Investors brave the turbulence of foreign exchange markets.
One of the more encouraging developments in the global economy of recent years has been the renewed flow of private capital to the developing world. From $42 billion in 1989, flows of private capital accelerated to $173 billion last year (see chart), climbing - since official lending remained stable - from one half to over three-quarters of the total. This year there have been fears of a slowdown following the crisis in Mexico, which both exposed some of the problems still faced by developing economies and led to a sharp withdrawal of capital. Investors have also had to contend with the uncertainties created by turbulence in the foreign exchange markets.
Nevertheless, while these events have led to some reappraisal of the merits of investing in developing economies, capital flows are expected to remain robust. Nearly half the flow is in the form of foreign direct investment, which is driven by structural rather than speculative considerations. This is likely to have remained steady, and will probably gather pace as Japanese industry steps up overseas investment in an attempt to beat the effects of the rising yen.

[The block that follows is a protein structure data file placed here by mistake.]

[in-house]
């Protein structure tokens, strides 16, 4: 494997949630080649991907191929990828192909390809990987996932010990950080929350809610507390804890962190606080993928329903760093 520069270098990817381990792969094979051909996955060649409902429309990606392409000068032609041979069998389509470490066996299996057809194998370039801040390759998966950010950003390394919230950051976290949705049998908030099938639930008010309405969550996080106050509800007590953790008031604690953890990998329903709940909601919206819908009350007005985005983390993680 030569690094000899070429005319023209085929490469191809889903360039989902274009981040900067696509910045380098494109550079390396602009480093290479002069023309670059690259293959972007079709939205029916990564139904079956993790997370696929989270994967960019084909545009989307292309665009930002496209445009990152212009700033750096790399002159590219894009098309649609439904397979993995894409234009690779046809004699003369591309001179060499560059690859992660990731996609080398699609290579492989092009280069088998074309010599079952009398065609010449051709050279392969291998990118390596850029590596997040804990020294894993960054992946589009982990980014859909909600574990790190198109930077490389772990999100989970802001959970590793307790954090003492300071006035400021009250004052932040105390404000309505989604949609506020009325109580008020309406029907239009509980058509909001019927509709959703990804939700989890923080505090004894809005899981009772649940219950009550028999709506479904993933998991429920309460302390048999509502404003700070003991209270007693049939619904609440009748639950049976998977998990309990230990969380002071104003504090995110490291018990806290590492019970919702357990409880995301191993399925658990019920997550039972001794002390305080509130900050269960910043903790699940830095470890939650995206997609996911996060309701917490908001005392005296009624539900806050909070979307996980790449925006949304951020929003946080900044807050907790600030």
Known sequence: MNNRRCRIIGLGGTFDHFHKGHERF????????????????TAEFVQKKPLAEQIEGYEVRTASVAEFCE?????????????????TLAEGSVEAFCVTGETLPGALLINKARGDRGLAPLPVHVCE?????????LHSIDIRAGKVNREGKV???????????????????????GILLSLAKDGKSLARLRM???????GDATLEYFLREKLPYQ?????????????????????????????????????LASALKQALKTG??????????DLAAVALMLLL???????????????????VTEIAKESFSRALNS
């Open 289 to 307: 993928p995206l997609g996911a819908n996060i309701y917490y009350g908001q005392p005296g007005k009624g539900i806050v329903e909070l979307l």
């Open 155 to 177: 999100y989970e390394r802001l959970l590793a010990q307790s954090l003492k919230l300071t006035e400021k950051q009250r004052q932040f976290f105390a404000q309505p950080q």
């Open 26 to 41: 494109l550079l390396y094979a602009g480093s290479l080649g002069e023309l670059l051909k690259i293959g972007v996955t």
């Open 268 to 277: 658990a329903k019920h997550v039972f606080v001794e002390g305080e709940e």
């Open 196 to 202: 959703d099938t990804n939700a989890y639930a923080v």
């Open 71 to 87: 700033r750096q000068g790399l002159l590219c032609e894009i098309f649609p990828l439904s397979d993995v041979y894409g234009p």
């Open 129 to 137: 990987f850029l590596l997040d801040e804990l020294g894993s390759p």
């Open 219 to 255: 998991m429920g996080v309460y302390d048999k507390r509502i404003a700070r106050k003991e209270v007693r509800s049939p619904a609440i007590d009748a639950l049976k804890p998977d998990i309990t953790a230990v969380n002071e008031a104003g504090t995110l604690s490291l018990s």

Portfolio equity investment is also likely to return. Investors are already showing interest in the stock markets of developing countries again, following their fall in value. Institutional investors hold only a small proportion of their assets in this area, allowing scope for significant flows in coming years as they bring their holdings into line with the greater growth potential of the emerging economies. Keith Wade, chief economist at Schroder Economics, expects portfolio investment to be weaker this year then last, but the weakness should be offset by stronger growth in foreign direct investment. Overall, private flows to developing countries will continue to grow.